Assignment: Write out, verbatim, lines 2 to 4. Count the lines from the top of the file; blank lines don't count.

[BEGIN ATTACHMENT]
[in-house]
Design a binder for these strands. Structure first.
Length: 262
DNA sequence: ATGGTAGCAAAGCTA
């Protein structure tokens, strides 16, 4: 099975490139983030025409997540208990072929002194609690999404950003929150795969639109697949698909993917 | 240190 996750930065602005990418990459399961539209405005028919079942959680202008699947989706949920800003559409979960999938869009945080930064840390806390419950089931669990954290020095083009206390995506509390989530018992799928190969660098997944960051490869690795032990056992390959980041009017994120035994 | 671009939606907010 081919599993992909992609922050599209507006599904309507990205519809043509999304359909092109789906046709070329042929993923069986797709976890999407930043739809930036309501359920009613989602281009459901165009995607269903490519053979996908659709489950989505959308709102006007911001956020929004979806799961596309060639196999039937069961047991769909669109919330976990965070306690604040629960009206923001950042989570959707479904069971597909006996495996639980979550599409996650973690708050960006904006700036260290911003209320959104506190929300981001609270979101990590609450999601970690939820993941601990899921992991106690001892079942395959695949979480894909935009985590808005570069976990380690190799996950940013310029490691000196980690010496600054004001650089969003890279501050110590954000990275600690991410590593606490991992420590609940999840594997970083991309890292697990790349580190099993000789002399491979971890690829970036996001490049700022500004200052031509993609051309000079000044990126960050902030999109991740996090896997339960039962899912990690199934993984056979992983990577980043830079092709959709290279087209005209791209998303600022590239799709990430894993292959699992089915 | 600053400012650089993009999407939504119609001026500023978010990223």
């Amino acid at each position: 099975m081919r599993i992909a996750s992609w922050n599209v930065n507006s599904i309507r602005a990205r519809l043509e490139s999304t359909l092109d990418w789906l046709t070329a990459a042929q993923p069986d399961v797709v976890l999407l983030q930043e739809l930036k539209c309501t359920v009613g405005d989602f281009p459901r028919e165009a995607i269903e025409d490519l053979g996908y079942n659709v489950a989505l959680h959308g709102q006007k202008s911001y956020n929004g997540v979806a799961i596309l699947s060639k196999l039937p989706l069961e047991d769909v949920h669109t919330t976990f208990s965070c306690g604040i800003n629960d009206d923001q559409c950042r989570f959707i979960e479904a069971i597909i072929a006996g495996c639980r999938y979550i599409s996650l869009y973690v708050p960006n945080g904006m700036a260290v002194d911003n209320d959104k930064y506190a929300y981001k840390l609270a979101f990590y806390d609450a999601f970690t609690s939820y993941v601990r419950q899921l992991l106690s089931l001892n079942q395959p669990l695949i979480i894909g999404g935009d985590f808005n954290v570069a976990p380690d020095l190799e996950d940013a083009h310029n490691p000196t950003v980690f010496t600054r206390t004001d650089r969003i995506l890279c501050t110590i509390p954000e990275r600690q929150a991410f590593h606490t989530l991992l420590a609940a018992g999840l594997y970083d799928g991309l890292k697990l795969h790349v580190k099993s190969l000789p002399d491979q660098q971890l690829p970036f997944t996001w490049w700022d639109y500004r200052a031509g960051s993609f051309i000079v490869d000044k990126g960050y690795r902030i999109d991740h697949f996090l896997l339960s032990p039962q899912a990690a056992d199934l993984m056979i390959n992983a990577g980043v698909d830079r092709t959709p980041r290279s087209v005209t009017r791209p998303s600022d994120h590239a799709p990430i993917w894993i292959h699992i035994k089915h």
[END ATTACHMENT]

Design a binder for these strands. Structure first.
Length: 262
DNA sequence: ATGGTAGCAAAGCTA